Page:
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discovered_02_2015 - Germany is up to the task; the storage of highly radioactive waste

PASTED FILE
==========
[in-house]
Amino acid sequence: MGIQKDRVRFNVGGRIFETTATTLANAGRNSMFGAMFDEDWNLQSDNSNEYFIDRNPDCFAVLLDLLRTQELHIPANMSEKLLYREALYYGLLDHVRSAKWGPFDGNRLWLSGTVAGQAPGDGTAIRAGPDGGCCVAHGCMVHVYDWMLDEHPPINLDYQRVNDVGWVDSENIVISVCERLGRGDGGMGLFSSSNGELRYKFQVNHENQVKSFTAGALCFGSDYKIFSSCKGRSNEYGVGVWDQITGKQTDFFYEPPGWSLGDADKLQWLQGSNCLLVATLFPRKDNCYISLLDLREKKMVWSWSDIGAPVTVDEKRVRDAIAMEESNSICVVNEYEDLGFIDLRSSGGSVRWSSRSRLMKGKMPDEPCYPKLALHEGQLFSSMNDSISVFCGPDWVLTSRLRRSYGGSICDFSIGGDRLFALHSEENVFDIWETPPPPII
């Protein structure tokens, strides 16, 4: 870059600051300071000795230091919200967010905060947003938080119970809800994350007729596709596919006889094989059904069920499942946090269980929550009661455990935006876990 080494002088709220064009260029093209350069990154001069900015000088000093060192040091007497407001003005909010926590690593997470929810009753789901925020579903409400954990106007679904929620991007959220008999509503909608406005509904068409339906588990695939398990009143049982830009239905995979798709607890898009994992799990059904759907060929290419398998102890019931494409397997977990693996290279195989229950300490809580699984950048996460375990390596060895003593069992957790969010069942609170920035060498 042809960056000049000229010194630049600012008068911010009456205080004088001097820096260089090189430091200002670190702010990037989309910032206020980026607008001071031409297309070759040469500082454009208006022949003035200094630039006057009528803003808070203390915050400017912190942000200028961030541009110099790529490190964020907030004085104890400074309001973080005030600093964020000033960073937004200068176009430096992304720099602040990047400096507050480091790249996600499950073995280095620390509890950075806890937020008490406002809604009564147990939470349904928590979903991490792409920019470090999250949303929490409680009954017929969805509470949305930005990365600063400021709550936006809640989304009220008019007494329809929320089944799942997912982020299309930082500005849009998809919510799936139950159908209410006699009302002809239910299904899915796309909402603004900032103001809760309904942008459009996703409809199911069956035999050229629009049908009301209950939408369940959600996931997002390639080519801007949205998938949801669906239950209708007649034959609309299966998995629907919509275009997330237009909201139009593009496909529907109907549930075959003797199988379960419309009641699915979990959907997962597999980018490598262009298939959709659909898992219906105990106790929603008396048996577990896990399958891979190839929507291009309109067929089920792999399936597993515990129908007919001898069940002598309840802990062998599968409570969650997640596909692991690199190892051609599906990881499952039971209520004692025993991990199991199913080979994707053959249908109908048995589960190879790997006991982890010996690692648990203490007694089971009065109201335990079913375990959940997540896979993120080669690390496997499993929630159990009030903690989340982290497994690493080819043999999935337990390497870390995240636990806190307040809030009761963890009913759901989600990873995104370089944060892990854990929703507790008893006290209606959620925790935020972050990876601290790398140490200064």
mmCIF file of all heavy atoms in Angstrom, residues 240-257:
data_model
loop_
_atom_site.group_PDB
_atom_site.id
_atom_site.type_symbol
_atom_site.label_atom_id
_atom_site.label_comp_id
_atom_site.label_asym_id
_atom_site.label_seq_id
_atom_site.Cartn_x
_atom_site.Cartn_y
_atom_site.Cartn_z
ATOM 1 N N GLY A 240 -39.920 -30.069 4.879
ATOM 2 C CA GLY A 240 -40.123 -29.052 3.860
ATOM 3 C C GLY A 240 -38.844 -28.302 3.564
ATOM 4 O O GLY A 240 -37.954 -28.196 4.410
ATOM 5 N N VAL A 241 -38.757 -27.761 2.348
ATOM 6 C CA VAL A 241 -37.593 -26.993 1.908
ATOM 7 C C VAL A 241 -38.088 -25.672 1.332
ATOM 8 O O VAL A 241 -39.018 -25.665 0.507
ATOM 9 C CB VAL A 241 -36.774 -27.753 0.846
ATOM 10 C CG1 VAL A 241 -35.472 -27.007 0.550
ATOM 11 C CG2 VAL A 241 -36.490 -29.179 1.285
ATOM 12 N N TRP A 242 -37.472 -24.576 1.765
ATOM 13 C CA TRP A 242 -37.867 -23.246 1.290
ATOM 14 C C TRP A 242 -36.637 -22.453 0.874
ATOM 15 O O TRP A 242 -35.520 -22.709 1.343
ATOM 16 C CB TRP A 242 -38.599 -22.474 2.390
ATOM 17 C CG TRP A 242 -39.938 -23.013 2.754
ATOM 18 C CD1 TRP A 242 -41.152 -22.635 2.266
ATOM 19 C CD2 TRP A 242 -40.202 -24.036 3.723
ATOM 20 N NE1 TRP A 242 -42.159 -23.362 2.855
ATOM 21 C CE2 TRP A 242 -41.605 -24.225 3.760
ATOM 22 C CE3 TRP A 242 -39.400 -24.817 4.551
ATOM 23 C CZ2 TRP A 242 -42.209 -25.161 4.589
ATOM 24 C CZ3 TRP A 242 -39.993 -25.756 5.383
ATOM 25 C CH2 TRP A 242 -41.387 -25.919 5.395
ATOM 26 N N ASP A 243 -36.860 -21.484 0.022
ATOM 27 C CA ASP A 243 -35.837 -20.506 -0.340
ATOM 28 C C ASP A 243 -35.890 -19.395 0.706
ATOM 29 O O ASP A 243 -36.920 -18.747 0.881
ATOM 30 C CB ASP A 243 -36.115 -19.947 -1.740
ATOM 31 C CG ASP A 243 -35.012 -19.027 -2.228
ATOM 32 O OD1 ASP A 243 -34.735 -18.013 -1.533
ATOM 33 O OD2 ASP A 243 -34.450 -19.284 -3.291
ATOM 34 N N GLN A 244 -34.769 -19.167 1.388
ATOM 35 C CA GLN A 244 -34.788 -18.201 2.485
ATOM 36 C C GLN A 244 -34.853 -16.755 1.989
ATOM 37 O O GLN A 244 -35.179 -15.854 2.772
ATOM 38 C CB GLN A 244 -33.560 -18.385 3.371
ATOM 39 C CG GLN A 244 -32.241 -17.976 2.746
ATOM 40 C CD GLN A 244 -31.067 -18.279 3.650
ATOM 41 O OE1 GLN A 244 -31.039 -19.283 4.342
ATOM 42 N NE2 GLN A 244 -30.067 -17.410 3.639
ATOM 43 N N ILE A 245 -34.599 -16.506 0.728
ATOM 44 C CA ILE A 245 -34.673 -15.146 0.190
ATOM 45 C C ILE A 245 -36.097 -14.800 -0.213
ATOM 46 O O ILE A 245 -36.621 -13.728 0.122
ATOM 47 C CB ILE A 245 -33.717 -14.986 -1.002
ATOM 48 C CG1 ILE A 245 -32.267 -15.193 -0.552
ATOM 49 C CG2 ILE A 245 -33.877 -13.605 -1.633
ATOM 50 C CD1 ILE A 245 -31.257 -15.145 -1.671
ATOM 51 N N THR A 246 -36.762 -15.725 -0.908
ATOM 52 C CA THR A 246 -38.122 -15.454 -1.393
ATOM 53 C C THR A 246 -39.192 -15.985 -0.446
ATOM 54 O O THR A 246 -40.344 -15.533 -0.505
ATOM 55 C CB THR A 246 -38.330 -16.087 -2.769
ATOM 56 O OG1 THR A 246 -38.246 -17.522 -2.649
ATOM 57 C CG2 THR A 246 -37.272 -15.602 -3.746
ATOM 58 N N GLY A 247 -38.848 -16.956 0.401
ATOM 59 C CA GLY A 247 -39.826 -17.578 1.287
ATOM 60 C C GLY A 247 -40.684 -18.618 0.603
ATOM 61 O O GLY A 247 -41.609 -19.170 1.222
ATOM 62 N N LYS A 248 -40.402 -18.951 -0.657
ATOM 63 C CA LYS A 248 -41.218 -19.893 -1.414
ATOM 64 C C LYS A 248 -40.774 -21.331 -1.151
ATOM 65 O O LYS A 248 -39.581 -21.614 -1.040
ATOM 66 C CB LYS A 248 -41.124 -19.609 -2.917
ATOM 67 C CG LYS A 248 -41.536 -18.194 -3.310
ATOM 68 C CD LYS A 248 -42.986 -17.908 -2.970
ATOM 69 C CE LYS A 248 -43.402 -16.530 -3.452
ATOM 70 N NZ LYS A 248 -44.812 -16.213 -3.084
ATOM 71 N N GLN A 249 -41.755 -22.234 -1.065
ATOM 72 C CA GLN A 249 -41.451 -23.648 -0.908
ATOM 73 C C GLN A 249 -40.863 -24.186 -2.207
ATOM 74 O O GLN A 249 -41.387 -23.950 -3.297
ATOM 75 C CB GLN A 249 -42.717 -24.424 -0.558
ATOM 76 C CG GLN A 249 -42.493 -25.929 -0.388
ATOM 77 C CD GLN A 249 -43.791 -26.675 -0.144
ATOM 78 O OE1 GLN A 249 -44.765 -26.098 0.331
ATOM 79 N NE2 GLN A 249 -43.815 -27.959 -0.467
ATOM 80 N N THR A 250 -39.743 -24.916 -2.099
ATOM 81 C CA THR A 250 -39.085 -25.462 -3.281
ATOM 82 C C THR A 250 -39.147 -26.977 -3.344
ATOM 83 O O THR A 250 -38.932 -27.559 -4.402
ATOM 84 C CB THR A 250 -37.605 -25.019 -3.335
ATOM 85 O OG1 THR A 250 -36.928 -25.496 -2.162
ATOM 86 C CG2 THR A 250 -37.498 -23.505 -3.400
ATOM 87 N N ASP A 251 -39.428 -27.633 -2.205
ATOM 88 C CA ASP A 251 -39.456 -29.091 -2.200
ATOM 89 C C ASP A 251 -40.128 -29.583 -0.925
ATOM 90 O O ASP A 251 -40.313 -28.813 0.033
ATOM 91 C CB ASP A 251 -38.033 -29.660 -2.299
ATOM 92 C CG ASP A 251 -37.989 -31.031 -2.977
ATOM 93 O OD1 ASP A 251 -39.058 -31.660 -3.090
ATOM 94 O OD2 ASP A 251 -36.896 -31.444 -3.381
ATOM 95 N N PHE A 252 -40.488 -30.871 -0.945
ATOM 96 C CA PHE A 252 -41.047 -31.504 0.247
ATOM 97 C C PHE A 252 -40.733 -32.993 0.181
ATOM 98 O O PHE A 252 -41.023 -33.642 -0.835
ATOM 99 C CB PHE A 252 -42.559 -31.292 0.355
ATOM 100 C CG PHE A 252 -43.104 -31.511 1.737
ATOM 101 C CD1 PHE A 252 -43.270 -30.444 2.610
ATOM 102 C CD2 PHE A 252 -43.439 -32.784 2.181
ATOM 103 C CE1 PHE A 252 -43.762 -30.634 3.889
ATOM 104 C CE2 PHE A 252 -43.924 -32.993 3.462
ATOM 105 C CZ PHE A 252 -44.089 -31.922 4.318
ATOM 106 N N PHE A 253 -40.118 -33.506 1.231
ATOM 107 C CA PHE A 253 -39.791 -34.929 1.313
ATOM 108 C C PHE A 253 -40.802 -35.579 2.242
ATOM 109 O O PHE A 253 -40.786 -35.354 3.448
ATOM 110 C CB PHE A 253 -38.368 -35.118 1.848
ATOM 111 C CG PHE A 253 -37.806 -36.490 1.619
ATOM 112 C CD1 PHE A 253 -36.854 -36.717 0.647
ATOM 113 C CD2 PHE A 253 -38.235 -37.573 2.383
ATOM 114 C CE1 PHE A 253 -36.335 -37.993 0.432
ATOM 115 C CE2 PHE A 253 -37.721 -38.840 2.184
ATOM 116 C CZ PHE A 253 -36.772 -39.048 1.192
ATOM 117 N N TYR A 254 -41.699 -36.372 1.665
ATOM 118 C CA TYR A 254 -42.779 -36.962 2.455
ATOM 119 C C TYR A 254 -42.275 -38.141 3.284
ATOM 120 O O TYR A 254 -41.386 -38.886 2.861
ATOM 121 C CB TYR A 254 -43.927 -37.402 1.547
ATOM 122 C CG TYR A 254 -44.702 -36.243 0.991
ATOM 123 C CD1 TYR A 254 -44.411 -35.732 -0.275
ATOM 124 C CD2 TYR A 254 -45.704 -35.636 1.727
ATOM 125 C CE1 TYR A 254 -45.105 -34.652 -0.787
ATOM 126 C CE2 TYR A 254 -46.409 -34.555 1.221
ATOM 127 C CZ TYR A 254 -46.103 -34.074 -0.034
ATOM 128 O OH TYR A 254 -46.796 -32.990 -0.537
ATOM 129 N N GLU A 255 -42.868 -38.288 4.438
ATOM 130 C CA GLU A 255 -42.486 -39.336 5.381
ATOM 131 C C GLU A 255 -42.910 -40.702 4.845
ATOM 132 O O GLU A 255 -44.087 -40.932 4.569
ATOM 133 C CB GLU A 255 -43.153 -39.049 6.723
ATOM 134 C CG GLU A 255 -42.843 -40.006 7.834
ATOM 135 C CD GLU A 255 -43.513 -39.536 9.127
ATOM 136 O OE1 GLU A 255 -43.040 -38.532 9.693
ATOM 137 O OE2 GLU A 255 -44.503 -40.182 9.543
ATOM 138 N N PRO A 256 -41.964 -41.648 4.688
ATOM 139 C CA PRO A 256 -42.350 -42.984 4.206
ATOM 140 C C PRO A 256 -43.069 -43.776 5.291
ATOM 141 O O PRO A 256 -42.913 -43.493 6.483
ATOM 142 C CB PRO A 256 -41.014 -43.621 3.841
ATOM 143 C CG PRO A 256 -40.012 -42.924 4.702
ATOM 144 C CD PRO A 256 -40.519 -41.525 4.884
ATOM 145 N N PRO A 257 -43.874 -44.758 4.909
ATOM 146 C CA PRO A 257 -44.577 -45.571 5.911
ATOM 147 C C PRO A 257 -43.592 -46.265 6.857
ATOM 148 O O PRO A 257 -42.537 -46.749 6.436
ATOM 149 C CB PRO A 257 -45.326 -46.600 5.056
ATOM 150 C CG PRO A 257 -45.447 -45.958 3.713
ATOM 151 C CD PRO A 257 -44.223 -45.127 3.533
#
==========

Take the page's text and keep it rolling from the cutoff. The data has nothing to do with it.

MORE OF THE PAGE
WWW.HZDR.DE discovered 02.15 TITLE Chemical engineer Michael Sailer is CEO of the Oeko-Institut, with offices in Freiburg, Darmstadt, and Berlin. Before taking this position in 2009, he led the institute's division "Nuclear Technology and Plant Safety". He has contributed his expert knowledge on the topics of reactor safety and the storage of nuclear waste to several commissions: He is the chairman of the "Nuclear Waste Management Commission" that advises the German Federal Ministry for the Environment, Nature Conservation, Building and Nuclear Safety and is a member of the "Commission for the Storage of Highly Radioactive Waste," which is usually referred to as the "Repository Commission" for short. He was also a member of the "Reactor Safety Commission" for 15 years. As he emphasizes in his interview for "discovered", informing the public is important to him: "Science has an inherent duty and obligation. We have to explain scientific results to the public in general and politicians in particular, but we also have to clarify why there are different viewpoints for a certain topic." For him reactor safety is a prime example of this. For a long time there was simply one pro and one contra perspective on the subject. "Today it is really important to me to inform others of the risks and not to polarize them. We must provide this information to society in such a way that people are able to use it to make important decisions." Mr. Sailer, when will a repository for radioactive waste be put into operation in Germany? If we really pull ourselves together, the first container of highly radioactive waste could find its way "under the Earth" between 2045 and 2050. All of the highly radioactive waste from Germany would fit in a single repository. For low to medium radioactive waste yielded from the operation of nuclear power plants as well as from medical or research institutions, the approved repository Schacht Konrad will be opening in a few years. But let's get back to highly radioactive waste, which by law has to be safely stored for one million years. The decision of where to put the facility will be made following a nationwide, incremental selection process in 2031. It would then be possible to obtain a building permit for such a geological underground storage facility after 2035. From the research that has been done we know by and large how repositories work. What's really important, however, is that all essential powers work in concert to realize the facility. What special challenges do you see arising for research institutions? Germany has a big nuclear waste disposal problem and it isn't glaringly apparent yet, but over the next few years it will reach fever pitch. There aren't enough trained professionals to meet demand. The problem is twofold. On the one hand we need an education initiative at universities and research establishments in order to get the right people in the right place at the right time. The selection process alone will require a great deal of expertise, but the situation will get really desperate in 2031 when it's time to start with concrete preparations for the construction of a repository for highly radioactive waste. Where will the experts familiar with repository research who can carry out safety studies, safety reviews, or analyses of scientific findings be? There will be a need for experts to work for repository operators, but there will also be plenty of demand in authorization agencies, federal offices, or ministries - and at inspection agencies as well. On the other hand it is essential that research efforts be bundled. The topics that the Gesellschaft für Anlagen- und Reaktorsicherheit, GRS (Association for Facility and Reactor Safety), together with a total of three Helmholtz centers and some select universities, are working on are very important. But I doubt that they will succeed in systematically addressing all questions related to the transport and containment of radioactive materials. In the repository search process, especially when the time comes to choose a concrete location, there are always more and increasingly detailed questions to answer. How exactly do the radioactive substances spread? How does the specific geological situation influence mining operations underground? What microorganisms live there and what role might they play in containment? Is more research needed in Germany? The reality is that repository research is financed by a variety of different sources. Three different federal ministries for different sectors have support programs. I would argue in favor of better coordination and integration of the programs. _Interview . Christine Bohnet GERMANY IS UP TO THE TASK; THE STORAGE OF HIGHLY RADIOACTIVE WASTE